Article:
Theatre Works and Arena Theatre
2 April 2019
to 13 April
Robot Song is all kinds of wonderful and then some. It finishes on Saturday.
Juniper's 11 and doesn't like going to school. She'd rather be at home with her parents or her best friend, who's a skip bin who makes toys and more friends out of rubbish. Juniper (Ashlea Pyke) also likes singing (Nate Gilkes wrote the music) and, with the help of her mum (Jo Abbott) and especially her dad (Phil McInnes), she wants to tell the story about why she stopped going to school and how a robot helped her to see her world differently.
Juniper knows she a bit different from her classmates. She doesn't like this, but she's ok with it because she has an art teacher who knows how creative Juniper is and she has a family who love and understand her. Although it's not discussed in her play, Juniper's story was inspired by the director/writer/designer Joylon James's son, who has autism.
One day Juniper's class give her a letter saying that they don't want her at their school. They call her a robot and the letter is so horrible that, even as an adult, it's hard to accept it as children not understanding the effect of their words.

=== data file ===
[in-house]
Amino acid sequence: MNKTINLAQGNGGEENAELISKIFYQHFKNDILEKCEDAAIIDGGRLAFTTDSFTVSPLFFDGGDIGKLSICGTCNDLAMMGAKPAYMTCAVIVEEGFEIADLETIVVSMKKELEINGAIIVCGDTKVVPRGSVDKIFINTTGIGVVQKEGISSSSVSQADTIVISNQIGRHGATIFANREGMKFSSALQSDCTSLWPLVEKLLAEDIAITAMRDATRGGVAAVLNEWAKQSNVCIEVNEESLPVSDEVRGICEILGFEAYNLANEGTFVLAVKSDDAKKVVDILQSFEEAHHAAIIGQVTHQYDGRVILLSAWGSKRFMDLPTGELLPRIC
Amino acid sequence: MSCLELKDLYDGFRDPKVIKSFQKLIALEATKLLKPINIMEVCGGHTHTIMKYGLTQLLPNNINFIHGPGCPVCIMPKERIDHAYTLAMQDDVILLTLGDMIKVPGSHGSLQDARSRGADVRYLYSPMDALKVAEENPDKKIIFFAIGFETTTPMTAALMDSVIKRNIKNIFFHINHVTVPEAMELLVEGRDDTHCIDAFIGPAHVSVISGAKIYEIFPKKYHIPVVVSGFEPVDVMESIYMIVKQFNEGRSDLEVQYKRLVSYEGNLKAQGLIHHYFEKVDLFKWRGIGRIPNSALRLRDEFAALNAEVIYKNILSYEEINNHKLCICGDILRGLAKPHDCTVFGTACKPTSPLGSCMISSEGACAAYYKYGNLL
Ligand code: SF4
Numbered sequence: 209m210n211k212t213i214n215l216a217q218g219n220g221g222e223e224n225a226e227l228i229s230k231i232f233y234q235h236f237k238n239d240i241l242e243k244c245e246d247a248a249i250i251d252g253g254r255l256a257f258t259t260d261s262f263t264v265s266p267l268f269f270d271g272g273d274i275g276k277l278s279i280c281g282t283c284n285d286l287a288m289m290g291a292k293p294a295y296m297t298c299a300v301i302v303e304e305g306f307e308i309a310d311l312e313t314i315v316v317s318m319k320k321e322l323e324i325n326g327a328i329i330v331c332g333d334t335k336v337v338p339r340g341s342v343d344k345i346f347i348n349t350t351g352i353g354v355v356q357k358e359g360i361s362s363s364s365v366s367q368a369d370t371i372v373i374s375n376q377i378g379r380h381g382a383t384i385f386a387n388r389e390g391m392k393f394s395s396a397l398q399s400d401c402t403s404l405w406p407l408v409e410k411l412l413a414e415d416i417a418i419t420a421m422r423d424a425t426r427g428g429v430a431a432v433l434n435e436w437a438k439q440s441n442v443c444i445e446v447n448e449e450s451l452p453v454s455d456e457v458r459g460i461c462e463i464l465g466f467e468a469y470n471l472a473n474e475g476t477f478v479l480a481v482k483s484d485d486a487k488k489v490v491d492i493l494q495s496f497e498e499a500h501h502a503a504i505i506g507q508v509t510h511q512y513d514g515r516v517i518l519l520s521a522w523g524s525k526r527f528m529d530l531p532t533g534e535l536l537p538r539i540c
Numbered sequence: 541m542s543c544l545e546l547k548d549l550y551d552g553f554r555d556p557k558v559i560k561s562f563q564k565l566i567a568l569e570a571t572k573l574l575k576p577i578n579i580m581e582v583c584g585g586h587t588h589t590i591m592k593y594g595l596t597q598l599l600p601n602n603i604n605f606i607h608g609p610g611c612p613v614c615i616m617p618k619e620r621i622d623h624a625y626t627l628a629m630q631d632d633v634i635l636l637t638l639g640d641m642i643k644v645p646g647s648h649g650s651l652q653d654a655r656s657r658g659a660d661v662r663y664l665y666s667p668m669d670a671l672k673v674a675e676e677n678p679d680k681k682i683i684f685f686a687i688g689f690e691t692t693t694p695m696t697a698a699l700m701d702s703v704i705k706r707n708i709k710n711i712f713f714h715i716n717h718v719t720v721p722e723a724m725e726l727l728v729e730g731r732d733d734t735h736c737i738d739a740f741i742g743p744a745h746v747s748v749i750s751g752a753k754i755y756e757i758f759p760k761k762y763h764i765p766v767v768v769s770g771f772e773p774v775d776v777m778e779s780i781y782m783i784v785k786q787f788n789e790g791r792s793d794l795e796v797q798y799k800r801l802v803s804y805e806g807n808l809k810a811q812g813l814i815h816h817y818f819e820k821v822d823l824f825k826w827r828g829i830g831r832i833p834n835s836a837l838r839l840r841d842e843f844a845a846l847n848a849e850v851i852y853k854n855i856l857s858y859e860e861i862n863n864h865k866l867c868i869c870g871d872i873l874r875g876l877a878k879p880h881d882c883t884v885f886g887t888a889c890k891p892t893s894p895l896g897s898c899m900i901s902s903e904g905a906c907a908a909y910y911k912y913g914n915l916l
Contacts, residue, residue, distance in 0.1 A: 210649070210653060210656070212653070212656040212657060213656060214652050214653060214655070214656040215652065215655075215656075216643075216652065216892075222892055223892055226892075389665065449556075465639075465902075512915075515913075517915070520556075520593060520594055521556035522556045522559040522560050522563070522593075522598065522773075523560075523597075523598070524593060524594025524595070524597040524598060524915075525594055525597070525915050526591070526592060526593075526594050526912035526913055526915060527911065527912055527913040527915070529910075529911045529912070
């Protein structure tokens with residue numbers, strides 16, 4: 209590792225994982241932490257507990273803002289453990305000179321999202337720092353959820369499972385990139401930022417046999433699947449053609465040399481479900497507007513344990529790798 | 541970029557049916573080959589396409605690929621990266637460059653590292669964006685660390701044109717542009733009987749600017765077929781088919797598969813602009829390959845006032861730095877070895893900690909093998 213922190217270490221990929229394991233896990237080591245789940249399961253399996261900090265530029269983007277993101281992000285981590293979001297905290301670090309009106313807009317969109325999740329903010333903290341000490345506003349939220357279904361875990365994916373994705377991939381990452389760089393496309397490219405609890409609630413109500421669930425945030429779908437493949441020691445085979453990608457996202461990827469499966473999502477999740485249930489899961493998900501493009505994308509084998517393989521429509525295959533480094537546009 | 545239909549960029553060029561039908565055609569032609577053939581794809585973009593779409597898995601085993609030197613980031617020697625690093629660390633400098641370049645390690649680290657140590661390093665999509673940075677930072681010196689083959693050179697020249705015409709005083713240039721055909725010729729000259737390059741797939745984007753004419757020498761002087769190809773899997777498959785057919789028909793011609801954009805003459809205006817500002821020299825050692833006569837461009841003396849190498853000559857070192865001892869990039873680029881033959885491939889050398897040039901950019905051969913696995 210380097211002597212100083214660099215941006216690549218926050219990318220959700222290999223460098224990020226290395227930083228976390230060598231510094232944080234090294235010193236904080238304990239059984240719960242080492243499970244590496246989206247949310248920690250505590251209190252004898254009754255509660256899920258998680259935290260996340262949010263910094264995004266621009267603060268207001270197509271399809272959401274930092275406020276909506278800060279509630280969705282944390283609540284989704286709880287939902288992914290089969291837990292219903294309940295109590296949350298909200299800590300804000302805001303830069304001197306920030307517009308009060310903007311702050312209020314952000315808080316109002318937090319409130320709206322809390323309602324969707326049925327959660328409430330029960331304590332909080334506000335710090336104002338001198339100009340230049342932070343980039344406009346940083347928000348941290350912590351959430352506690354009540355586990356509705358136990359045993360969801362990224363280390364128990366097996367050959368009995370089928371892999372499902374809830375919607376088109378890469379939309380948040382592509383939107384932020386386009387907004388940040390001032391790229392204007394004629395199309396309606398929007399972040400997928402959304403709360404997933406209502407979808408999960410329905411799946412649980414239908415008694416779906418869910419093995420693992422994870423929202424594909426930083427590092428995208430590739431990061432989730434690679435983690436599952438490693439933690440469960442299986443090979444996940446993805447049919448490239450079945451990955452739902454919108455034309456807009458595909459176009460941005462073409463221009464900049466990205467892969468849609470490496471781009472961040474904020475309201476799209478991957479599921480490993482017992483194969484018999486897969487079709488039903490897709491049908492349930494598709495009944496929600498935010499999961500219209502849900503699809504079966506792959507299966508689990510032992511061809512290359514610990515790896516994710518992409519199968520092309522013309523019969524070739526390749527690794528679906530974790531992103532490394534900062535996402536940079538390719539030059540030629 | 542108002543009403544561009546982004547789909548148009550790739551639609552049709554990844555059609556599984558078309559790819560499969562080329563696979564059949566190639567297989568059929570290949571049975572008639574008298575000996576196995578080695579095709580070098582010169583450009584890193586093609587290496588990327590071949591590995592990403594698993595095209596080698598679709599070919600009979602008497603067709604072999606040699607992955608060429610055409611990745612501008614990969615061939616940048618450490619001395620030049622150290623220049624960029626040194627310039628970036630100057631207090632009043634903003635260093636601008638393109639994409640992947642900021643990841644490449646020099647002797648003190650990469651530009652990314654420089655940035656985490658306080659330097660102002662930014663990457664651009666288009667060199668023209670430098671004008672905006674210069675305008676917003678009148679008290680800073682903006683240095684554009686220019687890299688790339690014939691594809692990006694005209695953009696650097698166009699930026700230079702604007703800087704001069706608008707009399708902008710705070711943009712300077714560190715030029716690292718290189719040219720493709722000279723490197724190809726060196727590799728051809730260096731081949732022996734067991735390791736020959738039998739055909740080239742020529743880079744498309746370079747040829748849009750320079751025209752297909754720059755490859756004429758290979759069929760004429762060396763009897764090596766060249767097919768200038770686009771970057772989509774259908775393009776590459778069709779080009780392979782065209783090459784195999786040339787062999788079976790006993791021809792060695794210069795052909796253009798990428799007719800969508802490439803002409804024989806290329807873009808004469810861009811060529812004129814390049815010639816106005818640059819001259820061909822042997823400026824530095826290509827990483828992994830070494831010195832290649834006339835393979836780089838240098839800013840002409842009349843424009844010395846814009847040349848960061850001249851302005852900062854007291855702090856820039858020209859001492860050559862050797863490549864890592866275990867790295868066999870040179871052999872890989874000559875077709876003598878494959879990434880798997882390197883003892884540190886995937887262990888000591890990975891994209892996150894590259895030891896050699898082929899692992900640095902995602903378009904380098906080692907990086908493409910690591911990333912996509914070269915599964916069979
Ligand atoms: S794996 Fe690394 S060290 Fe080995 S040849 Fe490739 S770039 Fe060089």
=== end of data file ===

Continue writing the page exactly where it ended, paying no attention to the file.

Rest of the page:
Juniper can't dismiss it either and refuses to go back to school. Until a robot from a 1980s video she watched with her dad appears in her back yard.
As Juniper is played by an adult, we are always seeing the story from an adult point of view where her trauma is understood and her unconditional love and safety is assured. This allows children to be engrossed in her story, feel her pain and still feel safe.
Robot Song is far more than an insight into to being a child on the autism spectrum. It's a story about empathy, understanding and creativity and how difference is a way to connect far more than a reason to reject.